Magazine article Arms Control Today

IAEA: N. Korean Reactor Likely Restarted

Magazine article Arms Control Today

IAEA: N. Korean Reactor Likely Restarted

Article excerpt

North Korea probably has restarted a reactor that produces plutonium suitable for weapons, according to the International Atomic Energy Agency (IAEA). Independent analysts reached a similar conclusion in September.

In a Nov. 28 statement at the quarterly meeting of the IAEA Board of Governors, Director-General Yukiya Amano said that activities at North Korea's Yongbyon nuclear site captured on satellite imagery are "consistent with an effort to restart" the reactor. But lack of access makes it impossible to "conclusively determine" that the reactor was restarted, Amano said. North Korea currently does not permit the IAEA to inspect its facilities.

Last April, Pyongyang said it intended to rebuild and restart the reactor at the Yongbyon site. (See ACT, May 2013.) The reactor, built in the 1980s, provided North Korea with the plutonium that it separated for use in its nuclear arsenal, an amount estimated to be sufficient for six to 12 warheads.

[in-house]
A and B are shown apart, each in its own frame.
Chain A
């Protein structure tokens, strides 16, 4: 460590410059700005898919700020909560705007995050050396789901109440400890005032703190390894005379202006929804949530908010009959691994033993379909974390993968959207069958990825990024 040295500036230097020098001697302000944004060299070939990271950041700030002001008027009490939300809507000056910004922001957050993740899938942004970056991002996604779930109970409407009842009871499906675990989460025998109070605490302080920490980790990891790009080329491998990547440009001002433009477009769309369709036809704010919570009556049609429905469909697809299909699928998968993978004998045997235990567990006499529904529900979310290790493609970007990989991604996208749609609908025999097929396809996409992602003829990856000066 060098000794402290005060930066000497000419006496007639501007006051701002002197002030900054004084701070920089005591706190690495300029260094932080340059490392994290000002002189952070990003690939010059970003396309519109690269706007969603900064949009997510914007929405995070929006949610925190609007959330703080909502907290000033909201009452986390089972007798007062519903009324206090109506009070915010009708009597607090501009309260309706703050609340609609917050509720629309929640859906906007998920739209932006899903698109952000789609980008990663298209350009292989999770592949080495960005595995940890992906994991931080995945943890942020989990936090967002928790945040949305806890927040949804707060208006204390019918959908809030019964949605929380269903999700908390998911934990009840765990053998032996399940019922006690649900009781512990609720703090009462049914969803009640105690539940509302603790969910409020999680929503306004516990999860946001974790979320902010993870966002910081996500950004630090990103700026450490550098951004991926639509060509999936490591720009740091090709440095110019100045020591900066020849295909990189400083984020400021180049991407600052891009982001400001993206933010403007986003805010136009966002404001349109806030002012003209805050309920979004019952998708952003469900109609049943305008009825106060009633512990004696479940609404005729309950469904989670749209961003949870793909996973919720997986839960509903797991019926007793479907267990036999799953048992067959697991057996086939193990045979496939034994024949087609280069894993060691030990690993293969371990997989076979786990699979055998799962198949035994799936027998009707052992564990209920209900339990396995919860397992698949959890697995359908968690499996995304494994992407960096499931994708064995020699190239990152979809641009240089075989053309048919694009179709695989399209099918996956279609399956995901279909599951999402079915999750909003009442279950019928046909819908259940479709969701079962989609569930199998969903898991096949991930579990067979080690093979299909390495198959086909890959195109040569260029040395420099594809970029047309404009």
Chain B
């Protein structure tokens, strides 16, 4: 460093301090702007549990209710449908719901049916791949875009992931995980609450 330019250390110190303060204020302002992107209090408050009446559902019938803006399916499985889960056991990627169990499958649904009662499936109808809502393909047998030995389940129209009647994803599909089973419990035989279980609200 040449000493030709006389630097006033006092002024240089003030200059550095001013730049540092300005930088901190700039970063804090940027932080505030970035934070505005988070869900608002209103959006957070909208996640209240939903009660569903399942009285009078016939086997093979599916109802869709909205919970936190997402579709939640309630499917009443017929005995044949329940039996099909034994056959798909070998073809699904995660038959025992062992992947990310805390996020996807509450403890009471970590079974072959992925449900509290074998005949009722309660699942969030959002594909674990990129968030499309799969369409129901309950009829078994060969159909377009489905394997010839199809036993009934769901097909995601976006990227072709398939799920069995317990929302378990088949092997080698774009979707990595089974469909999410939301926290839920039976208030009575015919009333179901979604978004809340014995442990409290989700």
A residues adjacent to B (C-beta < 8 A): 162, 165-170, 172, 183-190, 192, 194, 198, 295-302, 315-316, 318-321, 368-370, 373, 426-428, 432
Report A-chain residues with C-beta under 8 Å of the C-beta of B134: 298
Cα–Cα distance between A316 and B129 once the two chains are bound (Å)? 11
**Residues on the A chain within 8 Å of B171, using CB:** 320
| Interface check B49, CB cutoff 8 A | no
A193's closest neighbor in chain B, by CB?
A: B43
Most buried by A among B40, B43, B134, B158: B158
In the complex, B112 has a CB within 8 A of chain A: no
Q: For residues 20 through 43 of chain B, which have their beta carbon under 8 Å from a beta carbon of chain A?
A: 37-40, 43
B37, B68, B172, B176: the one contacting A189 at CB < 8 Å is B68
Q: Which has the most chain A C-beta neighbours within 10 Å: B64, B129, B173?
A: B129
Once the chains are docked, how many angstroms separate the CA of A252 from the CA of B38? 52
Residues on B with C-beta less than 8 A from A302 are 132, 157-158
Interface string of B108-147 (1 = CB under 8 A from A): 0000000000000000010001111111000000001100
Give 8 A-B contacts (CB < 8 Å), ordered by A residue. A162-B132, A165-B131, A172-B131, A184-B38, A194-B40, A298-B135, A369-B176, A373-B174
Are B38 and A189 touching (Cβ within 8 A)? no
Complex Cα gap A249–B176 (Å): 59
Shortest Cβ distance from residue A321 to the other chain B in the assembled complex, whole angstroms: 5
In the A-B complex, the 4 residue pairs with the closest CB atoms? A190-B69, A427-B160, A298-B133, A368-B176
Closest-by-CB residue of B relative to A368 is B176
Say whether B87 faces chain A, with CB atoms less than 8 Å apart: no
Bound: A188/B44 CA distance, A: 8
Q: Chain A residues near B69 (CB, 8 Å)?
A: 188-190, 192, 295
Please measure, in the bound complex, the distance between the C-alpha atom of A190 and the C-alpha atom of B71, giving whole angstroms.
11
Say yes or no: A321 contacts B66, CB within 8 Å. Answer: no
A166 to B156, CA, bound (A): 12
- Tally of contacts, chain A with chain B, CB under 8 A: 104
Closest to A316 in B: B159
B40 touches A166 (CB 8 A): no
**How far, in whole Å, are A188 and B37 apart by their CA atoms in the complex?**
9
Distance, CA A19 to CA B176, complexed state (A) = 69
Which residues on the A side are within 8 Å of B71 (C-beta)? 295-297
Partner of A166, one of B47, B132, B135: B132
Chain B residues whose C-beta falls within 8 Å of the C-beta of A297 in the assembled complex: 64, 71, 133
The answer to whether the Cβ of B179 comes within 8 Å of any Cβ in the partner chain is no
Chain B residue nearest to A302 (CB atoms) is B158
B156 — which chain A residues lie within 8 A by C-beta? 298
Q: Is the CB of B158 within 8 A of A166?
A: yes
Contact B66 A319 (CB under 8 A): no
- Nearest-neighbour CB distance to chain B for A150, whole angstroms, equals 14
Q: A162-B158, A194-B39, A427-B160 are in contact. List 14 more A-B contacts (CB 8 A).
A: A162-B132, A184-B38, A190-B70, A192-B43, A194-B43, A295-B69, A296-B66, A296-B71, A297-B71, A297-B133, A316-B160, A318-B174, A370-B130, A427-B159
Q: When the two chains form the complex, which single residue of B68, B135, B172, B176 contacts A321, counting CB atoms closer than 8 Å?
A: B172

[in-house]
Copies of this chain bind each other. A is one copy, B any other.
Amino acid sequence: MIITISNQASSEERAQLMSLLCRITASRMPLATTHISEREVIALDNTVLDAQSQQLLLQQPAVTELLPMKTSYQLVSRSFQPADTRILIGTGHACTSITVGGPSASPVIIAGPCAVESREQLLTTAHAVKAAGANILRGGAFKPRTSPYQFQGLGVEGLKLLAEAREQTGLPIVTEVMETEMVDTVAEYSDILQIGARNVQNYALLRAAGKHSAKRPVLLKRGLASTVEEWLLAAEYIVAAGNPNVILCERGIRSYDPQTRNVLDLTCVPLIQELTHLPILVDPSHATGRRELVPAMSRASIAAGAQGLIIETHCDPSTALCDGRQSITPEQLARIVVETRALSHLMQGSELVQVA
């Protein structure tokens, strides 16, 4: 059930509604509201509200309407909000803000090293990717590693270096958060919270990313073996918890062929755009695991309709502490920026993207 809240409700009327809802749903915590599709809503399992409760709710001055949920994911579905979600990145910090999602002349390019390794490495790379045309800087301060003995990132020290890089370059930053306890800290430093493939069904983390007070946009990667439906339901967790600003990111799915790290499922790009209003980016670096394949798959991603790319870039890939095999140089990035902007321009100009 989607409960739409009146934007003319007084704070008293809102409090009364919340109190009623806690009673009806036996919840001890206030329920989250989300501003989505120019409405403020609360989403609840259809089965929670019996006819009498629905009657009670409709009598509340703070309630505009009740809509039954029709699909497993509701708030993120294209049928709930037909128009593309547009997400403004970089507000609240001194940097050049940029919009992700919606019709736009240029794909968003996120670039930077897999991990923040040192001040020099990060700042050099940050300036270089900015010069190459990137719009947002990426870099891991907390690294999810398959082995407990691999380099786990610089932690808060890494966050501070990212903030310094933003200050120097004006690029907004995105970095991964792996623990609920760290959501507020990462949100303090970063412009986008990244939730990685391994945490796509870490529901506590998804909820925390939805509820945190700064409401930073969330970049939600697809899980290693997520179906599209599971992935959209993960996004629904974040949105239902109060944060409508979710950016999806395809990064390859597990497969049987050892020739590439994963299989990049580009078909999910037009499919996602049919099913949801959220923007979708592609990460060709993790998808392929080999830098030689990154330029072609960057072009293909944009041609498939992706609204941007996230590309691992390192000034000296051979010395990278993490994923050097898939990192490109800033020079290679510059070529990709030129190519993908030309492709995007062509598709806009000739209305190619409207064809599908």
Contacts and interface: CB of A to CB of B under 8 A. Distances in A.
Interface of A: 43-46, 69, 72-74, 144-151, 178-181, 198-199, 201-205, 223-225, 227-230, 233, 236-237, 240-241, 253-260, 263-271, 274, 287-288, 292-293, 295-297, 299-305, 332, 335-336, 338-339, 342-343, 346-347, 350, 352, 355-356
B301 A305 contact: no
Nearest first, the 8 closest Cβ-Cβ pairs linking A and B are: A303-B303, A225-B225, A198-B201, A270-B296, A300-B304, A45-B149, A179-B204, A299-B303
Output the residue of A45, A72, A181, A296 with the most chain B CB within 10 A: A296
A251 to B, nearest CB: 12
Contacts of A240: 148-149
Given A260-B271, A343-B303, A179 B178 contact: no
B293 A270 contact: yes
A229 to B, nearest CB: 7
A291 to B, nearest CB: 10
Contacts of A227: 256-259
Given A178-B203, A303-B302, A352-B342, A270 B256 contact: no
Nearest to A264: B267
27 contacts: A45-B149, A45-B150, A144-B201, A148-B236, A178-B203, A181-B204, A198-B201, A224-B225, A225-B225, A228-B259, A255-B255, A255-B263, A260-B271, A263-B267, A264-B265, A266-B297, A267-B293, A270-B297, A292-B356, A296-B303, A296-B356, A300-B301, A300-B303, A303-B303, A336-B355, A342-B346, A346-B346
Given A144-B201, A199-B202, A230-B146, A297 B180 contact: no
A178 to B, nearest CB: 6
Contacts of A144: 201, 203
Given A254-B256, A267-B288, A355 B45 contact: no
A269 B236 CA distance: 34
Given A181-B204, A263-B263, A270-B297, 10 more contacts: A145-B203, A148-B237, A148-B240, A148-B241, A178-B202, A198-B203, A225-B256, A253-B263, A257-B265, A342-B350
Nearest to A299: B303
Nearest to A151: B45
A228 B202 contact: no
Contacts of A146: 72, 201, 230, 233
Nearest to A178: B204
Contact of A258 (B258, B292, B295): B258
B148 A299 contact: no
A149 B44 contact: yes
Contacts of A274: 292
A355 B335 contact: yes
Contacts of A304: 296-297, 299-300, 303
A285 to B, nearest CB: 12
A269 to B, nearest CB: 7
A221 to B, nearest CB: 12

North Korea disabled the reactor in 2007 and destroyed the reactor's cooling tower in 2008 as part of an agreement reached in 2005 with China, Japan, Russia, South Korea, and the United States in the so-called six-party talks. It was unclear if North Korea would be able to operate the reactor after these actions. Satellite images taken in August, however, indicated to independent analysts that Pyongyang was able to restart the reactor. (See ACT, October 2013.)

The activities at Yongbyon "indicate a continuing pursuit of nuclear weapons," said Joseph Macmanus, U.S. ambassador to the IAEA, in a Nov. 28 statement to the board. He said if North Korea does not comply with its international obligations to dismantle its nuclear and ballistic missile programs, Pyongyang will "continue to face the consequences of this defiance." The United States will work to "maintain and enhance, as necessary, the pressure to compel North Korea" to abandon these activities, which damage the global nonproliferation regime, Macmanus said. …

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